Type of QualificationShoemakersAll Jobs AverageAll Jobs Average
Post Graduate/Graduate Diploma or Graduate Certificate0.7-10.110.1
Bachelor degree5.6-21.821.8
Advanced Diploma/Diploma5.3-11.611.6
Certificate III/IV31.1-21.121.1
Year 1221.7-18.118.1
Year 118.3-4.84.8
Year 10 and below27.3-12.512.5

You can work as a Shoemaker without formal qualifications. Some on the job training may be provided. Shoemakers often complete a certificate III or IV.

Thinking about study or training?

Before starting a course, check it will provide you with the skills and qualifications you need.

  • Compare Vocational Education and Training (VET) courses, providers and student outcomes on the My Skills website.
  • You might be interested in Textiles, Clothing & Footwear VET training pathways on the AAPathways website.

Or check out related courses on Job Outlook.

The course listings on this page are provided by Good Education Group.

Employers look for Canvas and Leather Goods Makers who are hardworking, reliable and work well in a team.

Filter Skills & Knowledge

Knowledge

These are important topics, subjects or knowledge areas.

  1. Customer and Personal Service

    39% Skill level

    Understanding customer needs, providing good quality service, and measuring customer satisfaction.

  2. Mechanical

    37% Skill level

    Machines and tools, including their designs, uses, repair, and maintenance.

  3. English Language

    36% Skill level

    English language including the meaning and spelling of words, rules of composition, and grammar.

  4. Mathematics

    32% Skill level

    Arithmetic, algebra, geometry, calculus, or statistics.

  5. Education and Training

    30% Skill level

    Curriculum and training design, teaching and instruction for individuals and groups, and the measurement of training effects.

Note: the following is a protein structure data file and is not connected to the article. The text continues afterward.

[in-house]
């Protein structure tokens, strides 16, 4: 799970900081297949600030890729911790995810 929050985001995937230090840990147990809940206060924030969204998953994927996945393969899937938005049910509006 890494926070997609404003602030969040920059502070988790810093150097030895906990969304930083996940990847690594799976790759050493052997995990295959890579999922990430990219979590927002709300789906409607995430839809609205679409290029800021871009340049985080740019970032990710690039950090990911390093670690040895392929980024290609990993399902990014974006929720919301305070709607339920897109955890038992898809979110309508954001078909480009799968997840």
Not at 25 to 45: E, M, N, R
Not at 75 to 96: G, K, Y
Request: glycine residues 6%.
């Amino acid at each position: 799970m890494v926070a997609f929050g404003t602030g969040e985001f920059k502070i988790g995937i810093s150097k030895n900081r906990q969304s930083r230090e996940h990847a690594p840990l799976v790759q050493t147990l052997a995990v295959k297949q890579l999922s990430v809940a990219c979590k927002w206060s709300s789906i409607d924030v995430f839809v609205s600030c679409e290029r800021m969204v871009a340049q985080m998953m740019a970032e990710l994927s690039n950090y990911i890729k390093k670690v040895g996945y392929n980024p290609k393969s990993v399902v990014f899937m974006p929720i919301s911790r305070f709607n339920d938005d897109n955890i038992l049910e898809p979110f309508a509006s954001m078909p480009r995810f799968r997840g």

Occupational Information Network
O*NET is a trademark of the U.S. Department of Labor, Employment and Training Administration.
The skills and importance ratings on this page are derived from the US Department of Labor O*NET Database Version 21.2, 51-6041.00 - Shoe and Leather Workers and Repairers.

Learn about the daily activities, and physical and social demands faced by workers. Explore the values and work styles that workers rate as most important.

Filter Work Environment

Demands

The physical and social demands workers face most often are shown below.

  1. Spend Time Using Your Hands to Handle, Control, or Feel

    93% Important

    How much time do you spend using your hands to handle, control, or feel objects, tools or controls?

  2. Indoors, Heat Controlled

    90% Important

    How often do you work indoors with access to heating or cooling?

  3. Contact With Others

    89% Important

    How much do you have contact with people (face-to-face, by telephone, or any other way)?

  4. Being Exact or Accurate

    88% Important

    How important is being very exact or highly accurate?

  5. Freedom to Make Decisions

    87% Important

    How much freedom do you have to make decision on your own?

Occupational Information Network
O*NET is a trademark of the U.S. Department of Labor, Employment and Training Administration.
The skills and importance ratings on this page are derived from the US Department of Labor O*NET Database Version 21.2, 51-6041.00 - Shoe and Leather Workers and Repairers.